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STRIKE  Harry Potter's Wizarding World: Ravensburger

Formerly known as STRIKE Dice Game 

Designer: Dieter Nüble. 2-5 Players  Aged 8+  10-15 minutes  Mostly Luck Based  Both online for £20-00 - £25.00

 

The HARRY POTTER WIZARDING WORLD edition has just 26 dice and 2 rules booklets; one in German and one in English. It has been created from a previous game 'STRIKE' and is for 2-5 players. It plays best with 4 players. It's a fast paced game that is trivially jovial and just a little cerebral.

The object is to be the only player with dice in their hands, which ends the game and marks them as the Winner.

As so often is the case, the number of dice per player handed out in the setup depends on the number of players, a chart on page 2 portrays this. With 4 players it is 6 dice though in my video of the game I say 5 dice with 4 players. This is because that's how we play and enjoy it the most (we somehow misread the chart the first time we played and even after reading it again and playing it as the chart reads we still preferred 'our mistaken version).

Playing the game
One die is thrown into the arena at the beginning of the game to allow the first player a chance of making a pair.

Players then take turns throwing one die at a time into the arena (the bottom half of the box has a plastic insert to represent an arena, a smooth piece of material is supplied to fit the base oval)  and reacting to them if they form a pair with any of the other dice already laying on the arena floor. Players may play more than one die in their turn but always one at a time and always any Pair are activated first.

If the symbols on the dice already in the arena aren't to your liking you can try to knock them onto other sides when you throw your dice in, however you should be careful because any die missing the arena or bouncing out is removed from the game whatever symbol it lands on.

The six sides/symbols of a die represent 6 different Harry Potter spells - that's about the full extent of the Wizarding World's interest. I appreciate that instead of raising the retail price because of the Harry Potter license, Ravensburger instead removed 5 dice which really doesn't affect the game at all.

The six spells are: (in game order - this is important as in the case of different pairs they activate in the order shown)

Immobulus: (Blue)
If a pair are rolled they, and any subsequent Immobulus dice stay in the arena until another spell breaks the effect.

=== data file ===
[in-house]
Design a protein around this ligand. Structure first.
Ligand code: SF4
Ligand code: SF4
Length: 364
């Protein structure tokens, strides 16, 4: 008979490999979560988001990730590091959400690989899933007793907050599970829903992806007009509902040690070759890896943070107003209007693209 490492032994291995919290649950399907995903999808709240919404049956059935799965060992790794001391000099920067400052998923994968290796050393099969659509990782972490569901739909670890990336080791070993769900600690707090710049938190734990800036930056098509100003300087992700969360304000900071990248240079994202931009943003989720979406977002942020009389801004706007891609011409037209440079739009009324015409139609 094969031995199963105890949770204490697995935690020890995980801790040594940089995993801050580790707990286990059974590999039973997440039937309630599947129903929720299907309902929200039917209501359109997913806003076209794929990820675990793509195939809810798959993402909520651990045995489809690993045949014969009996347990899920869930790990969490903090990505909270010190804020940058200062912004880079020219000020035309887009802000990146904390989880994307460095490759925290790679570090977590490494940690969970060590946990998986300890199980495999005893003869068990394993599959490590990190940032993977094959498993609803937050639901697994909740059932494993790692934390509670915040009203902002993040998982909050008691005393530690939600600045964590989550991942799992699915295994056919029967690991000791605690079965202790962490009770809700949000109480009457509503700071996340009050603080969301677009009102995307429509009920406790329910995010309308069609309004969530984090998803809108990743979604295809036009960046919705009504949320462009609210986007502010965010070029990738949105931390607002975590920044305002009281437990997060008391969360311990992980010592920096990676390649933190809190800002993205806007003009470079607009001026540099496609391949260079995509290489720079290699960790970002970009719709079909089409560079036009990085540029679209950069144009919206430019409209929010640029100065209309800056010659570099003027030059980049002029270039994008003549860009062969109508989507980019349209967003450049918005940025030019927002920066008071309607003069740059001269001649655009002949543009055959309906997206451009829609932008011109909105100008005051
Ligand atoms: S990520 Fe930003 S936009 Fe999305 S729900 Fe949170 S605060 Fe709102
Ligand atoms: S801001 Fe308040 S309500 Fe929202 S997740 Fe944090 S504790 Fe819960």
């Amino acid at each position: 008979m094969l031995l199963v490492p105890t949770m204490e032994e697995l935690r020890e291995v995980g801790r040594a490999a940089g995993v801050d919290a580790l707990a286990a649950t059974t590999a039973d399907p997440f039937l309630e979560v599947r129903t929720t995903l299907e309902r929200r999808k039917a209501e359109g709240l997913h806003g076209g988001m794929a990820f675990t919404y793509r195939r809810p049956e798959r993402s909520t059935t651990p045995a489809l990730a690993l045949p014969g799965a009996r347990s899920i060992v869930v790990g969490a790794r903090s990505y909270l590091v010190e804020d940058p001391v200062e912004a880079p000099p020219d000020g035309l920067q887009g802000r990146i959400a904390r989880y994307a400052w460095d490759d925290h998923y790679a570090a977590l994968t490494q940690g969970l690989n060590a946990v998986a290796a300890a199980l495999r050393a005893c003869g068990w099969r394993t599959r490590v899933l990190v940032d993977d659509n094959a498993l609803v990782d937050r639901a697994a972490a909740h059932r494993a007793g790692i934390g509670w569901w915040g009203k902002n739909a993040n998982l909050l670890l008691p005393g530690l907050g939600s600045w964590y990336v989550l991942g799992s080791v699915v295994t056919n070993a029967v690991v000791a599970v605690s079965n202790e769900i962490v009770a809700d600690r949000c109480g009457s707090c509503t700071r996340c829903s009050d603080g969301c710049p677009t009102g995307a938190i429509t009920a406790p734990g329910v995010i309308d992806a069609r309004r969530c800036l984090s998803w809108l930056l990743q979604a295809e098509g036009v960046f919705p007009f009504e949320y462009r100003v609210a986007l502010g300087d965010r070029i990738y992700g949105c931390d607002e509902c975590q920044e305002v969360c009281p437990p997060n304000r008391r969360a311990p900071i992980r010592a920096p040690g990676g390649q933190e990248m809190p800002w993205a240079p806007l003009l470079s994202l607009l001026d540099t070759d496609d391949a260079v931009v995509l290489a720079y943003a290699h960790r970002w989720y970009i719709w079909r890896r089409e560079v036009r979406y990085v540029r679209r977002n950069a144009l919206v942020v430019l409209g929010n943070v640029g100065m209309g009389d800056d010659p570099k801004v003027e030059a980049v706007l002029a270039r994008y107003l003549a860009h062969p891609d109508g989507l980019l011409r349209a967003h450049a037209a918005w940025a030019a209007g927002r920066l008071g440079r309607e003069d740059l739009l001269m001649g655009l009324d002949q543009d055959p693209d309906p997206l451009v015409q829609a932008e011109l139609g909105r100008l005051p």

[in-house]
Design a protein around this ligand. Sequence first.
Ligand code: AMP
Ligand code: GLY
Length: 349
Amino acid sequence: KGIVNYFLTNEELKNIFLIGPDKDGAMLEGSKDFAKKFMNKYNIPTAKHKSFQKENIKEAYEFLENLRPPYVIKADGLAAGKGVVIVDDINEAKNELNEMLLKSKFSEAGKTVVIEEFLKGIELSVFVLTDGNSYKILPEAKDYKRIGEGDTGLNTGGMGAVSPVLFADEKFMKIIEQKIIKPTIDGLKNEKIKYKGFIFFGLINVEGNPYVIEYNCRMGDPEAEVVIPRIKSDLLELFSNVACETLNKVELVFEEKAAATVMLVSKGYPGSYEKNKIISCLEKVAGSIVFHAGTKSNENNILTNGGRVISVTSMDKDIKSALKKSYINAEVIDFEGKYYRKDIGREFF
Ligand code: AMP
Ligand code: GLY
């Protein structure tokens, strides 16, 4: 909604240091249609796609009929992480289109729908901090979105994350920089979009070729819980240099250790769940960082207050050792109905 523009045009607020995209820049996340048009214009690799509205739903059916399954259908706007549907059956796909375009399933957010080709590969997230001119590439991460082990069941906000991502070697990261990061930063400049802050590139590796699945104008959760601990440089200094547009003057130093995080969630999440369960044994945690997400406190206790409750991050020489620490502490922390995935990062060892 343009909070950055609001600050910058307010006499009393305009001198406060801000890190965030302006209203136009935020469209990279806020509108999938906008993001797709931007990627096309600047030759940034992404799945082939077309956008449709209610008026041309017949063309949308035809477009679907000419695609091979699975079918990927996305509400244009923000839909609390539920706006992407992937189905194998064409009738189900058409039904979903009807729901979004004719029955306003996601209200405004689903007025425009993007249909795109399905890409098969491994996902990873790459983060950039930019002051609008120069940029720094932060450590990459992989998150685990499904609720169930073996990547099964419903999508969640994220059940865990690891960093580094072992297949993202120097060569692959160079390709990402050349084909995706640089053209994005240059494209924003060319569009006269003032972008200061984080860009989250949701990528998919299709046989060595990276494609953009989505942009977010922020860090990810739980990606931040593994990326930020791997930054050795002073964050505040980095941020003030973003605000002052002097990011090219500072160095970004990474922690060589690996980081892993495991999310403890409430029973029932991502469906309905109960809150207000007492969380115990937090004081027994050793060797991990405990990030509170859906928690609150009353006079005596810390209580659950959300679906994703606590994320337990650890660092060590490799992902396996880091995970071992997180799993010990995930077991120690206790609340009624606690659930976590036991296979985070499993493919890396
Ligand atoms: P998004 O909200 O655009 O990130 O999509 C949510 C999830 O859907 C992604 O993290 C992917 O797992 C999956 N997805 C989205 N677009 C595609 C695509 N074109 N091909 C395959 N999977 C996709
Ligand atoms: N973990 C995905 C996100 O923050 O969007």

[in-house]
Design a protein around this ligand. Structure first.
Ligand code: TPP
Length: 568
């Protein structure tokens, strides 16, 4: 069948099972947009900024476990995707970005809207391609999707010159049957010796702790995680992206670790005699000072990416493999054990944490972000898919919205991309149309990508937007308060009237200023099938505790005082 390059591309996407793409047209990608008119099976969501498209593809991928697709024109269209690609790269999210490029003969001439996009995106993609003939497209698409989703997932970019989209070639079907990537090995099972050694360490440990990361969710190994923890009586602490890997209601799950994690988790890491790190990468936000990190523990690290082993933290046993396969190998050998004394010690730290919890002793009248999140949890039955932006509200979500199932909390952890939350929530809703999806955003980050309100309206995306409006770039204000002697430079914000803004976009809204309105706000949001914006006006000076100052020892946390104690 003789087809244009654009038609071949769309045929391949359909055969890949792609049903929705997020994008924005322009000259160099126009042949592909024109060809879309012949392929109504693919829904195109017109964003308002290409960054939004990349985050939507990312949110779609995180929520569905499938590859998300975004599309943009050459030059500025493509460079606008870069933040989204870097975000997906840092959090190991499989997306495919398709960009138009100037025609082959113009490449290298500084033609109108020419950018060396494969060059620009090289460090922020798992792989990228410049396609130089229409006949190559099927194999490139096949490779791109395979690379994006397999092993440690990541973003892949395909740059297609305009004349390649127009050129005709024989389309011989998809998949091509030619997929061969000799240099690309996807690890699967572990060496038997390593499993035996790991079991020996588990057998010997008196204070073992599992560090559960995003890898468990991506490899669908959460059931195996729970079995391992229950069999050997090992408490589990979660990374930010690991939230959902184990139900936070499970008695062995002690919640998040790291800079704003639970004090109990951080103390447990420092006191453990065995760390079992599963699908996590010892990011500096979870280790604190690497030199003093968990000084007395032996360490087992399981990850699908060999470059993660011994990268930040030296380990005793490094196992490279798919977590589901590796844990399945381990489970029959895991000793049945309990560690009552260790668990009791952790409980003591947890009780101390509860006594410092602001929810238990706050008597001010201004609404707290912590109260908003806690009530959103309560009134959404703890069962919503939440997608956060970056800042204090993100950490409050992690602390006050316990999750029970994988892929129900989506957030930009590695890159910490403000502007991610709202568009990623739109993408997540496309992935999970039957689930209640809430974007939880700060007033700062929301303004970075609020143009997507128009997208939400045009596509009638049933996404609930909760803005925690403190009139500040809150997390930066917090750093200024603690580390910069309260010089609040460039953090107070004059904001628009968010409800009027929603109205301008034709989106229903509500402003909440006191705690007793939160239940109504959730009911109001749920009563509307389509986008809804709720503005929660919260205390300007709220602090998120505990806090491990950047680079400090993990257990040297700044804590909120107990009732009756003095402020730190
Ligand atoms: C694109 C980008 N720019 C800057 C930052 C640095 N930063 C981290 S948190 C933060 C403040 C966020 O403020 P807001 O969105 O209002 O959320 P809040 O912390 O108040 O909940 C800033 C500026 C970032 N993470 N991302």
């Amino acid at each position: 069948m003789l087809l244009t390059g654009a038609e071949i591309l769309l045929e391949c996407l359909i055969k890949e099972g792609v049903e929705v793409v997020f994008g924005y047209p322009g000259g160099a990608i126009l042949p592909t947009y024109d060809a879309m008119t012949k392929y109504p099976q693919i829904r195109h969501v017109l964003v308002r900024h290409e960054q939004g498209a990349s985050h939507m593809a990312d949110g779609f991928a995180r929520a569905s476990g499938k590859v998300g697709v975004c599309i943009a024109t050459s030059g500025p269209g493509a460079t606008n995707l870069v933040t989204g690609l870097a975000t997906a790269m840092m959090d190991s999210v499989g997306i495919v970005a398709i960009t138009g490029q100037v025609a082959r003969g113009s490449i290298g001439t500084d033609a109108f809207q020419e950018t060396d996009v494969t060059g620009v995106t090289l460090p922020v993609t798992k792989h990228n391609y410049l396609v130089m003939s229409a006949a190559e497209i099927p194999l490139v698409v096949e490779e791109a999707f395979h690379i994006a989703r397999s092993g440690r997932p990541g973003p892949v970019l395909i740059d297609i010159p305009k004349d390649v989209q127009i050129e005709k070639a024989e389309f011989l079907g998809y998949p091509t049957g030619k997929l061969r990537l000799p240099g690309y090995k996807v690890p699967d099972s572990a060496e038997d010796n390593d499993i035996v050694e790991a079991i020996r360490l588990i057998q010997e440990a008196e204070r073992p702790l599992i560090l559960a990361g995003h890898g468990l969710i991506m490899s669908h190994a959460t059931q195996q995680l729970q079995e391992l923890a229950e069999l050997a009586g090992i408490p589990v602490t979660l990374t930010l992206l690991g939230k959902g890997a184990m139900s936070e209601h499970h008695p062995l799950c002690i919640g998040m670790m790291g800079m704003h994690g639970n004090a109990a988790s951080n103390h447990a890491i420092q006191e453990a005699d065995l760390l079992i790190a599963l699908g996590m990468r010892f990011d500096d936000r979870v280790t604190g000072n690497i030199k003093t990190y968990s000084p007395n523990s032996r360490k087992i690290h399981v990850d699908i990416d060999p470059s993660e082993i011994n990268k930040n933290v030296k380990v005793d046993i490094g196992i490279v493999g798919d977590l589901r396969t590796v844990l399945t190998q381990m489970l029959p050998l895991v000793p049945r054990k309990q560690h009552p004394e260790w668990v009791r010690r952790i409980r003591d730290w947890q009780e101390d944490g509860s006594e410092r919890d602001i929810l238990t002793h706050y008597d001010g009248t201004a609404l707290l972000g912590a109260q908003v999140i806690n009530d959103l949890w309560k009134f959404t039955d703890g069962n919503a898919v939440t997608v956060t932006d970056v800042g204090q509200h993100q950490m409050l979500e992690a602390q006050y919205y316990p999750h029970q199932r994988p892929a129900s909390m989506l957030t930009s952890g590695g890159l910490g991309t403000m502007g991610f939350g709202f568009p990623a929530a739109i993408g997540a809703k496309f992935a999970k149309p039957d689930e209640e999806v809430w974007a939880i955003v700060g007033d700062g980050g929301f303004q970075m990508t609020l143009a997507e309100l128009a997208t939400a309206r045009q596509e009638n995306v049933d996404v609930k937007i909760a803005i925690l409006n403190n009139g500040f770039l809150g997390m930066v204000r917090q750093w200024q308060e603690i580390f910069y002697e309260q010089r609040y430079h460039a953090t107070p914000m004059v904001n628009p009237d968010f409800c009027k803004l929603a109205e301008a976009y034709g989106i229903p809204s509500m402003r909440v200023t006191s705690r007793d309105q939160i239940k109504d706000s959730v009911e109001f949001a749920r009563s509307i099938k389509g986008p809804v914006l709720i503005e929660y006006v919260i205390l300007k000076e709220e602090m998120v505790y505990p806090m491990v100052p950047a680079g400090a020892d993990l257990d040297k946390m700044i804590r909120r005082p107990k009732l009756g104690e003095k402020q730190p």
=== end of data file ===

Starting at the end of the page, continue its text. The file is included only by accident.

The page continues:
Relashio: (Red)
All players (wizards) that are able immediately and simultaneously throw one die into the arena - the player whose turn it is collects all matching symbols but the spell doesn't go off.
Accio:  (Yellow)
The player collects matching Accio dice and any one other die if possible.
Wingardium Leviosa:  (Purple)
ALL matching dice are collected and any odd dice remaining are built into a tower.
Confundo: (Green)
Collect the matching dice and reverse the play order.
Expelliarmus!: (Black Cross)
Dice marked 'X' are removed from play. Special effect if on your turn there are no other dice in the arena when you roll the 'X'. Rolling a lone 'X' is a quick way of being expelled from the game.

If you run out of dice you run out of game, you lose! Last player remaining with dice in their hand is the winner.

For a £20.00-£25.00 game (both the Harry Potter Wizarding World STRIKE card game and the STRIKE card game cost the same) it's pretty light. In the original version there are 31 dice, basic D6 with the '1' shown as an 'X'. With 31 dice this can make it a 6 player game if you play with 5 dice each rather than 5 players with 6 dice each. Starting setup dice per player depends on number of players. It plays best with 4 players.

Harry Potter Wizarding World STRIKE card game has 26 dice. This, and the symbols instead of numbers, seem to be the main differences between the two games (I admit I have only read previous reviews on the original game)

The Harry Potter Wizarding World STRIKE card game is a nice, neat, light, little irrelevant piece of magic. It can be five minutes of dice-rolling chaotic mayhem, notably when played with younger players.

My friends and I are all in agreement that it is fun to play when there are three or more players and we have a 5-10 minute coffee break during a board-game playing session. Even as a 2-player game you can derive good cheer from it, but it's not quite as much actual fun. It's especially a suitably amusing entertainment as the last game of the night, and for removing youngsters from their cell phones and iPads, at least for a few moments.

 

 



 

 

© Chris Baylis 2011-2015